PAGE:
The Hebrew verb most frequently expressing the sense of being courageous is cha·zaqʹ. It basically signifies “be strong.” (2Sa 13:28; 2Ch 19:11; Eze 3:14) Often cha·zaqʹ is used together with ʼa·matsʹ, which also means “be strong.” Both verbs are found in the expressions “Be courageous and strong” (Jos 10:25) and “Be courageous, and may your heart be strong.”—Ps 31:24.
The idea of weakening or enfeebling is expressed by the Hebrew term ra·phahʹ, which at times may mean to ‘lose courage’ (Jer 49:24) or ‘show oneself discouraged.’ (Pr 24:10) When rendered “drop down,” as in the phrase “May your hands not drop down,” it has the meaning “lose courage, become too weak to act.”—Zep 3:16; Isa 13:7; Eze 7:17.
In Greek, the state of being bold or courageous is expressed by the verbs thar·reʹo (2Co 5:8) and thar·seʹo. (Mt 9:2) The verb tol·maʹo is variously rendered “dare” (Jude 9), ‘have courage’ (Mr 12:34), “venture” (Ro 15:18), ‘act bold’ (2Co 11:21), the emphasis being on the manifestation of courage or boldness in an undertaking.
God’s servants have always needed courage to remain faithful to the Most High. Thus, when the Israelites were ready to cross into the Promised Land, Moses told them: “Be courageous and strong,” and he repeated that same admonition to his appointed successor Joshua. (De 31:6, 7) Fortifying those words of Moses, Jehovah himself later told Joshua, “Be courageous and strong . . . Only be courageous and very strong.” (Jos 1:6, 7, 9) To be supplied with the needed courage, the nation had to listen to, learn, and obey the law of Jehovah. (De 31:9-12) Similarly, to become courageous and strong, Joshua was told to read God’s law regularly and to take care to apply it.—Jos 1:8.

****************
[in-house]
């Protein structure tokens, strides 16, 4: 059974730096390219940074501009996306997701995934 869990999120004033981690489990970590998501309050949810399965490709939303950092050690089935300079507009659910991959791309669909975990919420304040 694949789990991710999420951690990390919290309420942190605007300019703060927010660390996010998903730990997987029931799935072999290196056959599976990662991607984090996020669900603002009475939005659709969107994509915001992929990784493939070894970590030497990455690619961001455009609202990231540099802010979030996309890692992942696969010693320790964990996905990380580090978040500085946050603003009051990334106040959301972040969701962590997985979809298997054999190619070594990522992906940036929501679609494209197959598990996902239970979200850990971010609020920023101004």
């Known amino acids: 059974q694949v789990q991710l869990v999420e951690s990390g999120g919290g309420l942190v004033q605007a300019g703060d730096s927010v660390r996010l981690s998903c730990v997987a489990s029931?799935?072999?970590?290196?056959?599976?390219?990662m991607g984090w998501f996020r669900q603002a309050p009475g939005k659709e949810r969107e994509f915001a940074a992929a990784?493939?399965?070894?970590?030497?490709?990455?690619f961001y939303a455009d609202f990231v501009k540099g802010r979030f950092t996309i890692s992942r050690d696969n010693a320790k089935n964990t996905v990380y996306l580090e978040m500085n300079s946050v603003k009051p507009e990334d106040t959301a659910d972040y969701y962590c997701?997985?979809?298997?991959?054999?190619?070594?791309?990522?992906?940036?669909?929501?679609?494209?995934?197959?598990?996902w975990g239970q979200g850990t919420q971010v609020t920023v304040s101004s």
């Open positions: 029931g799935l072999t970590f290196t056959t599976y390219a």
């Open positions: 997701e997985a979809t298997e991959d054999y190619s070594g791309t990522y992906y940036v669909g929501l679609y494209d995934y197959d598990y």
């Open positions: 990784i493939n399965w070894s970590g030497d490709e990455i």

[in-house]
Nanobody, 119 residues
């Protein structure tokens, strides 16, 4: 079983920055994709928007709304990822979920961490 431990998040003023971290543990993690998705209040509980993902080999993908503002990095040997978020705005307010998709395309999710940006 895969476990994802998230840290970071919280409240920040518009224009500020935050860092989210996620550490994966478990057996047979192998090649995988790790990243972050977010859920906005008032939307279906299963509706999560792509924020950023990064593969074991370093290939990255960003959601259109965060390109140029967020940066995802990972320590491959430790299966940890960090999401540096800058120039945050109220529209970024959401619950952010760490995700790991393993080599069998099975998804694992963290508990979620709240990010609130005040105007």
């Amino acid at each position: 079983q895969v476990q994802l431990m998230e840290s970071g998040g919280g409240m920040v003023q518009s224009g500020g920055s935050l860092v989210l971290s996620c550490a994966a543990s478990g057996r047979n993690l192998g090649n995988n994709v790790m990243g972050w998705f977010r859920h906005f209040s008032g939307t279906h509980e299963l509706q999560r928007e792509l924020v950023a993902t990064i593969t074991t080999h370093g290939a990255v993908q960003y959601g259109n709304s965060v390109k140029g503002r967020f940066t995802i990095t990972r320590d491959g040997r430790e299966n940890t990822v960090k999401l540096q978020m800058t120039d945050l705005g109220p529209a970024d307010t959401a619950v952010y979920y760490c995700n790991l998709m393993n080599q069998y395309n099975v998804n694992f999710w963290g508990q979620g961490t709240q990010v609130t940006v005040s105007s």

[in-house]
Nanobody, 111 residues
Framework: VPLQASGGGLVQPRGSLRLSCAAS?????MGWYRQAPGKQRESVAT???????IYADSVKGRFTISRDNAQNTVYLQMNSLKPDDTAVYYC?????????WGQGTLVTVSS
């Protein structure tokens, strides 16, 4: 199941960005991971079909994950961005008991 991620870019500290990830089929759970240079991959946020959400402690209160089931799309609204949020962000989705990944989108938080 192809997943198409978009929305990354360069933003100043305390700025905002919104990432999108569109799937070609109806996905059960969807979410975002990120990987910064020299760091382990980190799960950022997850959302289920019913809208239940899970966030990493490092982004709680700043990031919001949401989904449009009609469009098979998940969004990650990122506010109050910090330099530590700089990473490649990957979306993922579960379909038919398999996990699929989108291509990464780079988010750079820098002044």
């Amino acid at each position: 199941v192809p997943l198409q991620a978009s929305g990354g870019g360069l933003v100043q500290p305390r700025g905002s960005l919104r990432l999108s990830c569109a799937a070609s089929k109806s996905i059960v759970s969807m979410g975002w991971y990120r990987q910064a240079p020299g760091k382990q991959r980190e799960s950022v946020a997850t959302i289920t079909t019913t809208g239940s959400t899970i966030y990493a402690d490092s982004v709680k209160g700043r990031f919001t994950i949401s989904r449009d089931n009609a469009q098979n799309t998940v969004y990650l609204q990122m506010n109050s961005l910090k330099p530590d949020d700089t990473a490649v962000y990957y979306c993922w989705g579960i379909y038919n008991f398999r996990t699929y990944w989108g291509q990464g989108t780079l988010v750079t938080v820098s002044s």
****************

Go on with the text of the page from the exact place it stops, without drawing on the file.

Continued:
The Scriptures contain many express commands to take courage and they also show how one can gain it. (Ps 31:24) The association of fellow worshipers can be a great aid. (Ac 28:15) At Psalm 27:14 David, himself a man of courage, said: “Be courageous and let your heart be strong.” In the preceding verses of Psalm 27, he reveals what helped him to be courageous: Relying upon Jehovah as “the stronghold” of his life (vs 1), past experiences with how Jehovah dealt with his adversaries (vss 2, 3), appreciation for Jehovah’s temple of worship (vs 4), trusting in Jehovah’s protection and in his help and deliverance (vss 5-10), continued instruction in the principles of God’s righteous way (vs 11), and the qualities of faith and hope (vss 13, 14).
The Christian needs courage to remain uncontaminated by the attitudes and actions of a world at enmity with Jehovah God and to remain faithful to Him despite having to face the world’s hatred. Jesus Christ told his disciples: “In the world you are having tribulation, but take courage! I have conquered the world.” (Joh 16:33) Never did the Son of God yield to the world’s influence, but he triumphed over the world by not becoming like it in any respect. The sterling example of Jesus Christ as a conqueror and the outcome of his flawless course can fill one with the needed courage to imitate him in remaining separate from and undefiled by the world.—Joh 17:16.